New paper finds another amplification mechanism by which the Sun controls climate — Published in Quaternary Research

New paper finds another amplification mechanism by which the Sun controls climate

A paper published today in Quaternary Research implies solar activity caused changes in the Asian monsoon, which in turn causes large-scale climate change over much of the globe.  The paper adds to many others finding amplification mechanisms by which small changes in solar activity can have large amplified effects on climate, via ocean oscillations such as the North Atlantic Oscillation, atmospheric oscillations such as the Madden-Julian Oscillation, Quasi-biennial Oscillation, Aleutian Low, Eurasian pattern, & Asian monsoon, and via stratospheric ozone, and sunshine hours/clouds.

Centennial-scale Asian monsoon variability during the mid-Younger Dryas from Qingtian Cave, central China

Dianbing Liua, , 
Yongjin Wanga, , , 
Hai Chengb, c, , 
Xinggong Konga, , 
Shitao Chena, 

a College of Geography Science, Nanjing Normal University, Nanjing 210023, China
b Department of Geology and Geophysics, University of Minnesota, Minneapolis, MN 55455, USA
c Institute of Global Environmental Change, Xi’an Jiaotong University, Xi’an 710049, China, How to Cite or Link Using DOI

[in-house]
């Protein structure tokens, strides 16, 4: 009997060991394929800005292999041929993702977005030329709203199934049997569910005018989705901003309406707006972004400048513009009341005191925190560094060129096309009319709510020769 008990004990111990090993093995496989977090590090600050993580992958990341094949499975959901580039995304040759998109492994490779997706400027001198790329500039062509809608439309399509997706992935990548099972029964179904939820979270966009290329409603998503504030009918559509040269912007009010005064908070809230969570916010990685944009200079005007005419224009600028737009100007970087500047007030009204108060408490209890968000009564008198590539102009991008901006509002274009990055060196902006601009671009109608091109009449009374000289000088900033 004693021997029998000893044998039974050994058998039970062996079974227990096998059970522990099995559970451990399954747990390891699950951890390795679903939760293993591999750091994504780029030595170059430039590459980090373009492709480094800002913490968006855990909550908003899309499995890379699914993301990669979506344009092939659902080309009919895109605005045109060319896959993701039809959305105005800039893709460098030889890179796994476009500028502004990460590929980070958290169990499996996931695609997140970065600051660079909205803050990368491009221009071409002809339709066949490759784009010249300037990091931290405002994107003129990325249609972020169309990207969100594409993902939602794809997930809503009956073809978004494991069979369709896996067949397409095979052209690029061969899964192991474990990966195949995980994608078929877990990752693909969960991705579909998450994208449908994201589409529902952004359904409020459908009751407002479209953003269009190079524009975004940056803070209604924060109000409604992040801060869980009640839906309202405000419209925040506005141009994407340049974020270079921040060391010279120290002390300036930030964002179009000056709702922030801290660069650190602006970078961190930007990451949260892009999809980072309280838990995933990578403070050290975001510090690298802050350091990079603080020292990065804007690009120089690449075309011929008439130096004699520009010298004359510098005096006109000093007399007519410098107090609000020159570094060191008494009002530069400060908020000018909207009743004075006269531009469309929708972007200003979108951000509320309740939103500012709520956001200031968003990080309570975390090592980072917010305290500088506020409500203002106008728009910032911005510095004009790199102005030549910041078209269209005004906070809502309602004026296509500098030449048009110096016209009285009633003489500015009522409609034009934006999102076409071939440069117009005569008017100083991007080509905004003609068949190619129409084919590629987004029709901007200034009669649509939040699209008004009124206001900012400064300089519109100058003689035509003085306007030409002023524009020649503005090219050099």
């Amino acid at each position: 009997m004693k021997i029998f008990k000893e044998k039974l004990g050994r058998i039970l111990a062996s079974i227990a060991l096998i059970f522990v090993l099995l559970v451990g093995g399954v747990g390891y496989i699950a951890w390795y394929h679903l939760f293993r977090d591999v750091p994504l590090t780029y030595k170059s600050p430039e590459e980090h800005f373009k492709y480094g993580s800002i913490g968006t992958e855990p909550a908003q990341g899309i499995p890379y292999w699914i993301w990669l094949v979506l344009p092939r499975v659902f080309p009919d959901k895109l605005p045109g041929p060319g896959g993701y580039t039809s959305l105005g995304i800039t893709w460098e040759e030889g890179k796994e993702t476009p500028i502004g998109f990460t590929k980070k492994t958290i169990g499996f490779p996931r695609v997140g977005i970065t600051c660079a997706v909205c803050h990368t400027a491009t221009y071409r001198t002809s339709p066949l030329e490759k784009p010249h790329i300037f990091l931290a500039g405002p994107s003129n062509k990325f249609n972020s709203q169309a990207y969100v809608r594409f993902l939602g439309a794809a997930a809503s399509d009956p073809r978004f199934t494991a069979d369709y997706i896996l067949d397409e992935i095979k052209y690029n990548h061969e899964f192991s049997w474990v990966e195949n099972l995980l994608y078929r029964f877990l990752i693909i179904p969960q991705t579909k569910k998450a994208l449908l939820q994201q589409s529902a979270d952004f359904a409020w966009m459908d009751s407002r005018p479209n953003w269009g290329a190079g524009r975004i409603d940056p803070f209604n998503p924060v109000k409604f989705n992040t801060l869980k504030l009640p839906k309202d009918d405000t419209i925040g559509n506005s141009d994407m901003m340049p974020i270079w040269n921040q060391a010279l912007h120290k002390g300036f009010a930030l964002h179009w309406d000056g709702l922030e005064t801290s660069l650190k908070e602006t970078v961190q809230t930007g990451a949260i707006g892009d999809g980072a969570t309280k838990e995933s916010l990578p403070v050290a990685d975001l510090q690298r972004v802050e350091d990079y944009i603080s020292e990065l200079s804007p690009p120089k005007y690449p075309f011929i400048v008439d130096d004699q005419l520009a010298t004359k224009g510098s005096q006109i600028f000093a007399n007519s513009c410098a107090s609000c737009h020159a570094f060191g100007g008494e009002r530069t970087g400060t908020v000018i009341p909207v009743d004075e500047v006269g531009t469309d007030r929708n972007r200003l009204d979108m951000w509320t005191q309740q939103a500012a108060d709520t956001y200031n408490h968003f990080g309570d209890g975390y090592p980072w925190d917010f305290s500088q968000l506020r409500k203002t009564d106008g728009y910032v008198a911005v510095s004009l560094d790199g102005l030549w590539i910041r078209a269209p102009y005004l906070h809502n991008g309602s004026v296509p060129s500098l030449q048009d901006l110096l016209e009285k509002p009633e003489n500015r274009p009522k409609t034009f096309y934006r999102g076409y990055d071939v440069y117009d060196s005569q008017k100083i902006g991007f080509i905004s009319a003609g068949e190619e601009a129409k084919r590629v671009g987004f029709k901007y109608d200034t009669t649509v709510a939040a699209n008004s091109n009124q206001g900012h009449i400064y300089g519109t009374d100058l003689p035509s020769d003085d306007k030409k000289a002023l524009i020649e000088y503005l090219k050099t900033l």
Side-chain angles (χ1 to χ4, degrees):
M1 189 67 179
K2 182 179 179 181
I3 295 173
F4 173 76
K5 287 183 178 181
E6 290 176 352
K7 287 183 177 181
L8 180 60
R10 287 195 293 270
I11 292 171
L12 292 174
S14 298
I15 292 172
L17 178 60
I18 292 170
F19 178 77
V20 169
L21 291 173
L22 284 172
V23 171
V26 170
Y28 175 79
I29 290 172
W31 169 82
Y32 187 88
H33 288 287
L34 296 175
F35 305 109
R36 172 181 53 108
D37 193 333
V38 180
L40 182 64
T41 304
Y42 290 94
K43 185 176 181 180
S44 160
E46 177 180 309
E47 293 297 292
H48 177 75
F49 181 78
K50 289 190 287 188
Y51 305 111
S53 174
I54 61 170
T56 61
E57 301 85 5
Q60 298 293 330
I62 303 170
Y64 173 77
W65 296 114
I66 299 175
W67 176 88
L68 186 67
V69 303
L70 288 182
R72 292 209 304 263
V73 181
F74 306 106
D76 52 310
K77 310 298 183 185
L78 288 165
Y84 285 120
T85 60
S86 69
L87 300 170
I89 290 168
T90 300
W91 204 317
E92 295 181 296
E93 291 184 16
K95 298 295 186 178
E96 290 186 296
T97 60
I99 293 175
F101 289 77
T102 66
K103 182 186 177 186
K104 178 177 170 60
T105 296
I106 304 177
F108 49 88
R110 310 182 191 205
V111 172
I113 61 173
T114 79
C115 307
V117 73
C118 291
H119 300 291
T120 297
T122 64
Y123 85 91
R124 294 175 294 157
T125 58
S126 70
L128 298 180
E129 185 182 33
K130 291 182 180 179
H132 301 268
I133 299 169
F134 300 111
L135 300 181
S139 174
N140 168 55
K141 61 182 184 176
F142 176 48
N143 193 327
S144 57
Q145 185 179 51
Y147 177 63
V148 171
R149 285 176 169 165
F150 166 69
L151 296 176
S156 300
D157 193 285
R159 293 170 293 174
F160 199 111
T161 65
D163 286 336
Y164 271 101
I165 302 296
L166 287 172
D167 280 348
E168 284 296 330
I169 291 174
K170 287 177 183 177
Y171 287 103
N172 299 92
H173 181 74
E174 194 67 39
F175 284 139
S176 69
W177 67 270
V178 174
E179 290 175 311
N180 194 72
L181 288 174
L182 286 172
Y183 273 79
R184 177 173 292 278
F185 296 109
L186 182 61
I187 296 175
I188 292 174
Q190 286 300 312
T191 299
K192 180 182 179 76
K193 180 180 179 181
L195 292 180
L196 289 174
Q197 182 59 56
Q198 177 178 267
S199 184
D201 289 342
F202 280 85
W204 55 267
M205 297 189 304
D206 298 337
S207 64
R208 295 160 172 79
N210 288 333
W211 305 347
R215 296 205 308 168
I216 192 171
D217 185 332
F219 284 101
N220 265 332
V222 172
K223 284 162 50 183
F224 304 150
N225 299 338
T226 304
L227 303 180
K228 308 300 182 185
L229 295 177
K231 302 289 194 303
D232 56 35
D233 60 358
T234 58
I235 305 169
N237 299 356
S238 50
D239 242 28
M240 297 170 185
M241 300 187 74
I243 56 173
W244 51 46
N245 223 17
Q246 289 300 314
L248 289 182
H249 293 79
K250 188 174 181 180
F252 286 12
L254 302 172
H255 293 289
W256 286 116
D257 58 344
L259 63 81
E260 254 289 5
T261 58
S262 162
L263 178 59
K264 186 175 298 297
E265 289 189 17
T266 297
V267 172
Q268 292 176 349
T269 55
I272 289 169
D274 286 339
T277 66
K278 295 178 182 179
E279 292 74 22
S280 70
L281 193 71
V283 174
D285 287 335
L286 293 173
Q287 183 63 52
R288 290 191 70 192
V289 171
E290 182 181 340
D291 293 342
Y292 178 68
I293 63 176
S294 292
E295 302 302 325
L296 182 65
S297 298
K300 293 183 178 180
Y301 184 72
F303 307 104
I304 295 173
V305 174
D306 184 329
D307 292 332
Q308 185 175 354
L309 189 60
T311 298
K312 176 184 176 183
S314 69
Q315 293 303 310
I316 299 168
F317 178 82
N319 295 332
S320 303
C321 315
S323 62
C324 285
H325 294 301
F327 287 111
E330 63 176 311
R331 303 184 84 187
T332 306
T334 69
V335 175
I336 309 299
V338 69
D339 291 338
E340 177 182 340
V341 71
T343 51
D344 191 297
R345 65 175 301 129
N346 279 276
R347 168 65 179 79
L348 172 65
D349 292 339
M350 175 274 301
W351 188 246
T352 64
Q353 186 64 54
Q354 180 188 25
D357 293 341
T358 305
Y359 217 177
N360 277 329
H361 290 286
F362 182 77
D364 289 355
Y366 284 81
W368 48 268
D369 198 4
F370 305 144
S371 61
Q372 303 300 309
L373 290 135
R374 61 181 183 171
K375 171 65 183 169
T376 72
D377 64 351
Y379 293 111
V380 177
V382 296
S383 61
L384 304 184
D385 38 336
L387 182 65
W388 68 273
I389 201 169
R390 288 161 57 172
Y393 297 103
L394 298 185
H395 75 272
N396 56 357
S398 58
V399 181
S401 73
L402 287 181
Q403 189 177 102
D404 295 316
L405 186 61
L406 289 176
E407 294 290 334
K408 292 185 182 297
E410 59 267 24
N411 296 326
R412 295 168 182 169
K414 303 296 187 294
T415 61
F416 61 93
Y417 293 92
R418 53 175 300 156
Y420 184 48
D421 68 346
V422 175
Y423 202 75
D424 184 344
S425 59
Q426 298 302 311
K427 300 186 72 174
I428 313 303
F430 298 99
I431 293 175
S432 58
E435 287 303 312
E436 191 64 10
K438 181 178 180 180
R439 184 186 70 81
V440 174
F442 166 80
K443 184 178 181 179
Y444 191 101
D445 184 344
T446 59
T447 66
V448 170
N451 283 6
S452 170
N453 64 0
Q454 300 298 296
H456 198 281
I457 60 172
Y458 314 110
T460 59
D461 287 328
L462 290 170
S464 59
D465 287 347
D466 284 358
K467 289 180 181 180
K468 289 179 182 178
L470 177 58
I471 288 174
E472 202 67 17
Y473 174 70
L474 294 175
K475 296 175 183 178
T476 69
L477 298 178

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The regional climate correlation within the Northern Hemisphere in the cold/dry mid-Younger Dryas event (YD) remains elusive. A key to unraveling this issue is sufficient knowledge of the detailed climate variability at the low latitudes. Here we present a high-resolution (3-yr) δ18O record of an annually laminated stalagmite from central China that reveals a detailed Asian monsoon (AM) history from 13.36 to 10.99 ka. The YD in this record is expressed as three phases, characterized by gradual onsets but rapid ends. During the mid-YD, the AM [Asian monsoon] variability exhibited an increasing trend superimposed by three centennial oscillations, well-correlated to changes in Greenland temperatures. These warming/wetting fluctuations show a periodicity of ~ 200 yr, generally in agreement with centennial changes in cosmogenic nuclides indicated by the 10Be flux [a proxy of solar activity] from the Greenland ice. This relationship implies that centennial-scale climate changes during the mid-YD are probably caused by solar output and rapidly transported over broad regions through atmosphere reorganization.

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